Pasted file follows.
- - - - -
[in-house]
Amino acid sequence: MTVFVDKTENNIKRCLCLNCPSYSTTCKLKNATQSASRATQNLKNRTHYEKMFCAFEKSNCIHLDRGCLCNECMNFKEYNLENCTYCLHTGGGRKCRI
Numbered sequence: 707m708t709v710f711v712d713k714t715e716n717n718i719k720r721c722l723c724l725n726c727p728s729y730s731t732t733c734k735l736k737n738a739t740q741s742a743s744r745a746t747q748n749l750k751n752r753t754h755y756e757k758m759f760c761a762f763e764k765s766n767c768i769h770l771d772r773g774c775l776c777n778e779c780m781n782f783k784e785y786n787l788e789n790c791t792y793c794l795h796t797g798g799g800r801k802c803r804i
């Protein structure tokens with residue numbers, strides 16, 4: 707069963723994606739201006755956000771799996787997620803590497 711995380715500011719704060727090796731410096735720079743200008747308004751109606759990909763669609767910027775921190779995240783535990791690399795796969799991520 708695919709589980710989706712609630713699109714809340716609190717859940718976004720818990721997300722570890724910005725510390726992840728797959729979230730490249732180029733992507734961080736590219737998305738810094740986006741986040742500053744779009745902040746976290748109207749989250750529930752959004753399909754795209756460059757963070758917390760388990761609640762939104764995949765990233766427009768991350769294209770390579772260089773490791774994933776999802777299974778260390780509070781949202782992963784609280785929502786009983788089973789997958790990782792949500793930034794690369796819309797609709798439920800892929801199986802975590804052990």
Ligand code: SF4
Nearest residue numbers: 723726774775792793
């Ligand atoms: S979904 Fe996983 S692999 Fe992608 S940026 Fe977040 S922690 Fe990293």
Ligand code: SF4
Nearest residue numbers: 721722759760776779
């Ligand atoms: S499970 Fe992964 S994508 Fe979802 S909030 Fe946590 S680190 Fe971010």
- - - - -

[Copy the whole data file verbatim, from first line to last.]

[in-house]
Amino acid sequence: MTVFVDKTENNIKRCLCLNCPSYSTTCKLKNATQSASRATQNLKNRTHYEKMFCAFEKSNCIHLDRGCLCNECMNFKEYNLENCTYCLHTGGGRKCRI
Numbered sequence: 707m708t709v710f711v712d713k714t715e716n717n718i719k720r721c722l723c724l725n726c727p728s729y730s731t732t733c734k735l736k737n738a739t740q741s742a743s744r745a746t747q748n749l750k751n752r753t754h755y756e757k758m759f760c761a762f763e764k765s766n767c768i769h770l771d772r773g774c775l776c777n778e779c780m781n782f783k784e785y786n787l788e789n790c791t792y793c794l795h796t797g798g799g800r801k802c803r804i
């Protein structure tokens with residue numbers, strides 16, 4: 707069963723994606739201006755956000771799996787997620803590497 711995380715500011719704060727090796731410096735720079743200008747308004751109606759990909763669609767910027775921190779995240783535990791690399795796969799991520 708695919709589980710989706712609630713699109714809340716609190717859940718976004720818990721997300722570890724910005725510390726992840728797959729979230730490249732180029733992507734961080736590219737998305738810094740986006741986040742500053744779009745902040746976290748109207749989250750529930752959004753399909754795209756460059757963070758917390760388990761609640762939104764995949765990233766427009768991350769294209770390579772260089773490791774994933776999802777299974778260390780509070781949202782992963784609280785929502786009983788089973789997958790990782792949500793930034794690369796819309797609709798439920800892929801199986802975590804052990």
Ligand code: SF4
Nearest residue numbers: 723726774775792793
């Ligand atoms: S979904 Fe996983 S692999 Fe992608 S940026 Fe977040 S922690 Fe990293």
Ligand code: SF4
Nearest residue numbers: 721722759760776779
């Ligand atoms: S499970 Fe992964 S994508 Fe979802 S909030 Fe946590 S680190 Fe971010």